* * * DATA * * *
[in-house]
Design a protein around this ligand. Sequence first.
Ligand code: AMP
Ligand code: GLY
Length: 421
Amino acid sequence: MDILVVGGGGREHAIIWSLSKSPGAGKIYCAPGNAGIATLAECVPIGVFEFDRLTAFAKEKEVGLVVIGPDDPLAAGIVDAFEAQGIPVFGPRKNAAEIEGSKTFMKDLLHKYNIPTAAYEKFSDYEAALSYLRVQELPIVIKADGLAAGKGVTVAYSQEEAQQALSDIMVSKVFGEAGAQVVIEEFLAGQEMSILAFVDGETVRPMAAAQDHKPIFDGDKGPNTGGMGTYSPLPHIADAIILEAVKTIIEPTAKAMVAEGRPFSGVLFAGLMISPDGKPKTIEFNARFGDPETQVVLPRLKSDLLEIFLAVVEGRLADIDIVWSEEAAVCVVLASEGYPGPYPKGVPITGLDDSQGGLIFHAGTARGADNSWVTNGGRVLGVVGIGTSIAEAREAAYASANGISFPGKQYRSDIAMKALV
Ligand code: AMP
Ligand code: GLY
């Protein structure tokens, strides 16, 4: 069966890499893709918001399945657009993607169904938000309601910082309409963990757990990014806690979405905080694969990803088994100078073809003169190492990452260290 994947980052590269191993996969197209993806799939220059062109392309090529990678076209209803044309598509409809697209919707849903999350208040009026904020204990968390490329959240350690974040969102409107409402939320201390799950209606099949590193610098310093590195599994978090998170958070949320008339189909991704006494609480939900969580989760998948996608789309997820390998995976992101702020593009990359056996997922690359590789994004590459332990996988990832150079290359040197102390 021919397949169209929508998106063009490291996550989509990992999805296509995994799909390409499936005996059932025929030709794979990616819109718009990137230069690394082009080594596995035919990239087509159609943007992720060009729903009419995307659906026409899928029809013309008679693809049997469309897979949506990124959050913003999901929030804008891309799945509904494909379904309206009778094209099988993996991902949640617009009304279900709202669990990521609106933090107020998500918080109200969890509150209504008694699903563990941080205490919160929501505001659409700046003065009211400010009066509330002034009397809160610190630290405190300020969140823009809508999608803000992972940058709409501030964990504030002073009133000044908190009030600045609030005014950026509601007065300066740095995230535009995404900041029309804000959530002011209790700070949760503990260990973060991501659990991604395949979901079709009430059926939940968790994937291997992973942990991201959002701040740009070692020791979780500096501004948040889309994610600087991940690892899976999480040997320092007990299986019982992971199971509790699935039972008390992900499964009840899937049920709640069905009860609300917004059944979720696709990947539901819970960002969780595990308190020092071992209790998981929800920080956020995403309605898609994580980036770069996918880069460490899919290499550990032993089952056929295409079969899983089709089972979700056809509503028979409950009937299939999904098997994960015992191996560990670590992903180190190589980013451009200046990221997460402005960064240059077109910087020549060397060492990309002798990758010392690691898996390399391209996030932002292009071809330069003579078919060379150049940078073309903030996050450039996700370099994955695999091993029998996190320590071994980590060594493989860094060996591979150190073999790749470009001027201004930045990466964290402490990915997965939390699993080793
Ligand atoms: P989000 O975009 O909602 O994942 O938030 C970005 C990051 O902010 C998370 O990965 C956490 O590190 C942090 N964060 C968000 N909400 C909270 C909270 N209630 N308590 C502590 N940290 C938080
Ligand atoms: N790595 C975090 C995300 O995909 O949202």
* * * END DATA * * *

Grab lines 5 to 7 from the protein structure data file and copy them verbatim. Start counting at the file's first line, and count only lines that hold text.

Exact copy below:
Length: 421
Amino acid sequence: MDILVVGGGGREHAIIWSLSKSPGAGKIYCAPGNAGIATLAECVPIGVFEFDRLTAFAKEKEVGLVVIGPDDPLAAGIVDAFEAQGIPVFGPRKNAAEIEGSKTFMKDLLHKYNIPTAAYEKFSDYEAALSYLRVQELPIVIKADGLAAGKGVTVAYSQEEAQQALSDIMVSKVFGEAGAQVVIEEFLAGQEMSILAFVDGETVRPMAAAQDHKPIFDGDKGPNTGGMGTYSPLPHIADAIILEAVKTIIEPTAKAMVAEGRPFSGVLFAGLMISPDGKPKTIEFNARFGDPETQVVLPRLKSDLLEIFLAVVEGRLADIDIVWSEEAAVCVVLASEGYPGPYPKGVPITGLDDSQGGLIFHAGTARGADNSWVTNGGRVLGVVGIGTSIAEAREAAYASANGISFPGKQYRSDIAMKALV
Ligand code: AMP